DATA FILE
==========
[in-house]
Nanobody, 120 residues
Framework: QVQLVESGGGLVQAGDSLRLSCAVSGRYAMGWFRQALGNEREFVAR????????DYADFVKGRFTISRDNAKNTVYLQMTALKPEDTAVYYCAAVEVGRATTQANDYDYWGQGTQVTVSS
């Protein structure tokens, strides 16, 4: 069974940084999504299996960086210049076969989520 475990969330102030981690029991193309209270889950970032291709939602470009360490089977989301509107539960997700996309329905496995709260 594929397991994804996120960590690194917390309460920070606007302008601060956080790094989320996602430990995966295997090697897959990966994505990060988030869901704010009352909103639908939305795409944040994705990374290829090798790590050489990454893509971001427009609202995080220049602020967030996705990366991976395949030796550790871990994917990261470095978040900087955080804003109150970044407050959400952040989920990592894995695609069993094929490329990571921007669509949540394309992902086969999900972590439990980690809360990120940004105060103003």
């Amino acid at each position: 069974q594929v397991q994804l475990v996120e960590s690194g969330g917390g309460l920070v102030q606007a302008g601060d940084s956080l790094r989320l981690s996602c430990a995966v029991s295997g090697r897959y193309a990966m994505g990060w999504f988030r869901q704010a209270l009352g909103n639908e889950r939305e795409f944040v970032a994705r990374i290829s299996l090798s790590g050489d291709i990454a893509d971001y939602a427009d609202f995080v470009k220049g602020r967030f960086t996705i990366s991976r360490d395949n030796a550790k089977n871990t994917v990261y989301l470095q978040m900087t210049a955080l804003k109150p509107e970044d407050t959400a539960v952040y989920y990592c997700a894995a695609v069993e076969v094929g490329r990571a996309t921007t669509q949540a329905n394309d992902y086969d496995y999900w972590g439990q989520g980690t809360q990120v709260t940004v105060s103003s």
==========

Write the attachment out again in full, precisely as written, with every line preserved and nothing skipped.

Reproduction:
[in-house]
Nanobody, 120 residues
Framework: QVQLVESGGGLVQAGDSLRLSCAVSGRYAMGWFRQALGNEREFVAR????????DYADFVKGRFTISRDNAKNTVYLQMTALKPEDTAVYYCAAVEVGRATTQANDYDYWGQGTQVTVSS
């Protein structure tokens, strides 16, 4: 069974940084999504299996960086210049076969989520 475990969330102030981690029991193309209270889950970032291709939602470009360490089977989301509107539960997700996309329905496995709260 594929397991994804996120960590690194917390309460920070606007302008601060956080790094989320996602430990995966295997090697897959990966994505990060988030869901704010009352909103639908939305795409944040994705990374290829090798790590050489990454893509971001427009609202995080220049602020967030996705990366991976395949030796550790871990994917990261470095978040900087955080804003109150970044407050959400952040989920990592894995695609069993094929490329990571921007669509949540394309992902086969999900972590439990980690809360990120940004105060103003």
């Amino acid at each position: 069974q594929v397991q994804l475990v996120e960590s690194g969330g917390g309460l920070v102030q606007a302008g601060d940084s956080l790094r989320l981690s996602c430990a995966v029991s295997g090697r897959y193309a990966m994505g990060w999504f988030r869901q704010a209270l009352g909103n639908e889950r939305e795409f944040v970032a994705r990374i290829s299996l090798s790590g050489d291709i990454a893509d971001y939602a427009d609202f995080v470009k220049g602020r967030f960086t996705i990366s991976r360490d395949n030796a550790k089977n871990t994917v990261y989301l470095q978040m900087t210049a955080l804003k109150p509107e970044d407050t959400a539960v952040y989920y990592c997700a894995a695609v069993e076969v094929g490329r990571a996309t921007t669509q949540a329905n394309d992902y086969d496995y999900w972590g439990q989520g980690t809360q990120v709260t940004v105060s103003s």